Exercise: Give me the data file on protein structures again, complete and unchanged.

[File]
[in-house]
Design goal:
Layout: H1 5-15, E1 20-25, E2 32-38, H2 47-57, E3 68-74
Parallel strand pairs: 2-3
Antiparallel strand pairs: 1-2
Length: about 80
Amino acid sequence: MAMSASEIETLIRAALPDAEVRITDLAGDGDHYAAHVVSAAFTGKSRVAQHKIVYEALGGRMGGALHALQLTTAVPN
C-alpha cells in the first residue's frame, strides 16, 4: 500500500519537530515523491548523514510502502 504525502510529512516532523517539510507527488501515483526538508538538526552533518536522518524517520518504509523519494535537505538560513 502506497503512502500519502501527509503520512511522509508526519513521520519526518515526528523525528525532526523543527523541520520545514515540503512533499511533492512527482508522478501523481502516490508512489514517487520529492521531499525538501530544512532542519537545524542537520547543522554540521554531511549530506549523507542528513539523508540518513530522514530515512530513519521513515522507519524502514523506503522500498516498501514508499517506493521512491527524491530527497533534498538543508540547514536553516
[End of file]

[in-house]
Design goal:
Layout: H1 5-15, E1 20-25, E2 32-38, H2 47-57, E3 68-74
Parallel strand pairs: 2-3
Antiparallel strand pairs: 1-2
Length: about 80
Amino acid sequence: MAMSASEIETLIRAALPDAEVRITDLAGDGDHYAAHVVSAAFTGKSRVAQHKIVYEALGGRMGGALHALQLTTAVPN
C-alpha cells in the first residue's frame, strides 16, 4: 500500500519537530515523491548523514510502502 504525502510529512516532523517539510507527488501515483526538508538538526552533518536522518524517520518504509523519494535537505538560513 502506497503512502500519502501527509503520512511522509508526519513521520519526518515526528523525528525532526523543527523541520520545514515540503512533499511533492512527482508522478501523481502516490508512489514517487520529492521531499525538501530544512532542519537545524542537520547543522554540521554531511549530506549523507542528513539523508540518513530522514530515512530513519521513515522507519524502514523506503522500498516498501514508499517506493521512491527524491530527497533534498538543508540547514536553516